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The stagnant waters in some parts of the world economy stop at the boundaries of U.S. international marketing services.

At a surge of 25.9% in non-U.S. gross income to $1.19 billion, the U.S. agencies covered in this Advertising Age report grew faster than their rapidly growing domestic operations.

Of the total, the direct marketing accounted for $946.6 million in gross income, up 22.7%, and sales promotion, $244.2 million, up 40%.


The spread of American marketers around the world continues to drive this business. Rapp Collins Worldwide, New York, up 10.4% to $146.2 million for 1998 non-U.S. gross income, is now split 50-50 between U.S. and foreign business -- the latter handled by 52 offices in 29 countries, including a recently opened office in Caracas, Venezuela.

Wunderman Cato Johnson, New York, regards international as a good growth area, emphasizing its established presence through 66 offices in 41 countries -- a global spread attractive to Citibank, which handed Wunderman Cato Johnson its global effort to pull in new credit-card members. Ranked No. 1 on the international chart, Wunderman rose 17.5% to $182.9 million in 1998 non-U.S. revenue.

Promotion and direct dovetail in Wunderman's work on the branded dairy products, Evian and Volvic mineral waters, and Lu cookies and crackers for French company Danone.

To build Danone dairy sales and assemble customer information, Wunderman created a bingo game that encourages additional buys and prepared a magazine, Danone, with subscribers being entered into the company database.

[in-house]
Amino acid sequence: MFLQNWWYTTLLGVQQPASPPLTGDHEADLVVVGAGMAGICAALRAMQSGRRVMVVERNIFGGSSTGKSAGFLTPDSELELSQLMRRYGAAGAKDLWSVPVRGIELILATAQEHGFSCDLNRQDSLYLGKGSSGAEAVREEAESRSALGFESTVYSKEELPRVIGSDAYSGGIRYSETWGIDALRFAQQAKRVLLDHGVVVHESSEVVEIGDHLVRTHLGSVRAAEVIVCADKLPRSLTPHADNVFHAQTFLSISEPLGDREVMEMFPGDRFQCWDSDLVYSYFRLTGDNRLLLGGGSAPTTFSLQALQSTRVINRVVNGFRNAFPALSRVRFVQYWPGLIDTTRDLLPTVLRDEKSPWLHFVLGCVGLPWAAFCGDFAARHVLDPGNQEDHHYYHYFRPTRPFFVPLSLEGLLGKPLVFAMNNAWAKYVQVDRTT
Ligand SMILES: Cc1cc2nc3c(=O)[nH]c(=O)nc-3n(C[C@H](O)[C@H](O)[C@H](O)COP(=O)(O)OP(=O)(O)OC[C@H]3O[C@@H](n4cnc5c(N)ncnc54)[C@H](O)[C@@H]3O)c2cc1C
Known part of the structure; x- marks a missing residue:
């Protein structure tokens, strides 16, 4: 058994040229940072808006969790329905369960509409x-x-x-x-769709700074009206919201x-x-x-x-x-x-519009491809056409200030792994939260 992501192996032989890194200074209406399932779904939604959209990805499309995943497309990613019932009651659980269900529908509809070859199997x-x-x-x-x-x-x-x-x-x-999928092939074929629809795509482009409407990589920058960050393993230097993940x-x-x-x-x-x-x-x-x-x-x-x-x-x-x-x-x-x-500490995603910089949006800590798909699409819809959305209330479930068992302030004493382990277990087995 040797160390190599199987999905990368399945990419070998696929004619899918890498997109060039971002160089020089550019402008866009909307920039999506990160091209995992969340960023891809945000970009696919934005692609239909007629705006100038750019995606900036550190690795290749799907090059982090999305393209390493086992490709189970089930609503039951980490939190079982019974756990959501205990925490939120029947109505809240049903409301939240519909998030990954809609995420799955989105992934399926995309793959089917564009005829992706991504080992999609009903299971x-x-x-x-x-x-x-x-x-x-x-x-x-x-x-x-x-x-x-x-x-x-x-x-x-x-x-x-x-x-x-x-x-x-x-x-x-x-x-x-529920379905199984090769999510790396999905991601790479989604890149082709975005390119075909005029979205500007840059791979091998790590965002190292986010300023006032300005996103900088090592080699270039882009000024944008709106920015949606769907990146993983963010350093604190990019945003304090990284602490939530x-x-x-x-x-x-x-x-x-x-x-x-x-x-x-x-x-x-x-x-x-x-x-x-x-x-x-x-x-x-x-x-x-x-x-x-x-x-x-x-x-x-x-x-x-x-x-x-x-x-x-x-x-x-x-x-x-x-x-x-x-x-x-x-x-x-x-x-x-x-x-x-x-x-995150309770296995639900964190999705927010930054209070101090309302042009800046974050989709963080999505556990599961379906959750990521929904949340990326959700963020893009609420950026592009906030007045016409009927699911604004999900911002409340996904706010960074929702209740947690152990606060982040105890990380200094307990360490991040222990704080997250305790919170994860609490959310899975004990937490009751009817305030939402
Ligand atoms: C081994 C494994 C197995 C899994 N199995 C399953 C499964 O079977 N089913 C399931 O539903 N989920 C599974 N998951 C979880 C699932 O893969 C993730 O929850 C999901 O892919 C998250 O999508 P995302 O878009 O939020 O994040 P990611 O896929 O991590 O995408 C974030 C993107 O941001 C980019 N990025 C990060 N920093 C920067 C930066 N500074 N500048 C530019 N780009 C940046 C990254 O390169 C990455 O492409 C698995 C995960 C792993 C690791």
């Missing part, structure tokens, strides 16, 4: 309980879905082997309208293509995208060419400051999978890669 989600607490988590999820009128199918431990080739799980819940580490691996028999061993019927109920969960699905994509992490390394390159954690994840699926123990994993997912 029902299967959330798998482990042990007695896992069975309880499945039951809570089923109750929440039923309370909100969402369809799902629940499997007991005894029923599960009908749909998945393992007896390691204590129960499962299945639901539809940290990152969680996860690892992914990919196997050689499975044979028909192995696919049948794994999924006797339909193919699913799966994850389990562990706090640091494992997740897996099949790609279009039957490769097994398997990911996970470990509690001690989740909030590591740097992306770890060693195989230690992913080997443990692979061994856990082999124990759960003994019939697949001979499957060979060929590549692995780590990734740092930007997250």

Wunderman contends the combination of food and recreation is helping extend customer commitment.

MRM Worldwide, New York, bought Gillespie, Princeton, N.J., last year and is tying the database development and management strengths plus Internet direct response production capabilities of Gillespie into its international network of 35 offices in 30 countries. MRM Worldwide grew 20.5% in non-U.S. revenue.


U.S. marketing services agencies are finding the home-front techniques of direct response and sales promotion translating well abroad.

"Direct can be used to market any product in any culture," states Andrew Cohen, president of Direct Resource International, New York, a direct marketing house that is 55% broadcast, 40% interactive. DRI has prepared direct programs in seven languages in seven countries: Brazil, Italy, U.K., Germany, Netherlands, France and Mexico.

Since the mid-'90s, DRI has used its direct skills to market clinical medications internationally. In Holland, it is using direct to guide citizen refugees from the financially overburdened deregulating government pension and insurance systems into private insurance.

In another case of government deregulation, Wiken Promotion & Advertising, based in Wayzata, Minn., is working to help establish private telecommunications in the Czech Republic. Working with EuroTel to promote a new commercial mobile system, Wiken allied with Wunderman's Czech office for translation and office support and preparation of promotion materials.


Omnicom Group's Alcone Marketing Group, Irvine, Calif., is at the point it must forego smaller business in favor of global accounts, claims Chairman-CEO Matthew Alcone.

"We have the machinery for large global business, and a lot more companies are interested in it," says Mr. Alcone, listing among them Unilever, Sega Enterprises and Coldwell Banker.

No. 3 international player at $148.1 million, up 37.9%, was the newly constituted Brann Worldwide, a Snyder Communications group headquartered in Cirencester, U.K. The units' foundation is 30-year-old Brann Ltd. in the U.K., to which Bethesda-based Snyder added two more English shops and a Belgian company and its American holdings. Operations are largely direct with some sales

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